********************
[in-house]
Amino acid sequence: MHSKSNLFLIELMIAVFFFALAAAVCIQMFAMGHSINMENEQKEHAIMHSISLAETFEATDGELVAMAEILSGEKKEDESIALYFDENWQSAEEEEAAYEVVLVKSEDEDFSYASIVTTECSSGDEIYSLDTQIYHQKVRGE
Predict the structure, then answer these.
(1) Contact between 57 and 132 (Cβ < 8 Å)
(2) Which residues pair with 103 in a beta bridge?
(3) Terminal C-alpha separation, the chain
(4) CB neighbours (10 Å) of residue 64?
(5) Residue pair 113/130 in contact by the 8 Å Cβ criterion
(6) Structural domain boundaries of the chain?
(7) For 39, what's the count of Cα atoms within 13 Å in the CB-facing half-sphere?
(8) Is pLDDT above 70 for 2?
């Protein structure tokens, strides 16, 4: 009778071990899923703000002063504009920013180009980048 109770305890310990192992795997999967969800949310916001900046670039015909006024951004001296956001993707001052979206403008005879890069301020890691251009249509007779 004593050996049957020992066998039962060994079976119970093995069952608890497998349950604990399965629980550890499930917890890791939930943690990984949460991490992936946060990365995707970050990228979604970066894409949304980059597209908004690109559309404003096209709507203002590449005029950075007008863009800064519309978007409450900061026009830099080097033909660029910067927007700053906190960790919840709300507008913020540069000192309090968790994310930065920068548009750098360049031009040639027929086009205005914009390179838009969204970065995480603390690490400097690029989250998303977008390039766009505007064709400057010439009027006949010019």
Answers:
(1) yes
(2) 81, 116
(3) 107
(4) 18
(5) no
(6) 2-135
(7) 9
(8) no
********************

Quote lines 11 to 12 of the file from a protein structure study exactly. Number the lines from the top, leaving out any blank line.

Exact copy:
(8) Is pLDDT above 70 for 2?
């Protein structure tokens, strides 16, 4: 009778071990899923703000002063504009920013180009980048 109770305890310990192992795997999967969800949310916001900046670039015909006024951004001296956001993707001052979206403008005879890069301020890691251009249509007779 004593050996049957020992066998039962060994079976119970093995069952608890497998349950604990399965629980550890499930917890890791939930943690990984949460991490992936946060990365995707970050990228979604970066894409949304980059597209908004690109559309404003096209709507203002590449005029950075007008863009800064519309978007409450900061026009830099080097033909660029910067927007700053906190960790919840709300507008913020540069000192309090968790994310930065920068548009750098360049031009040639027929086009205005914009390179838009969204970065995480603390690490400097690029989250998303977008390039766009505007064709400057010439009027006949010019």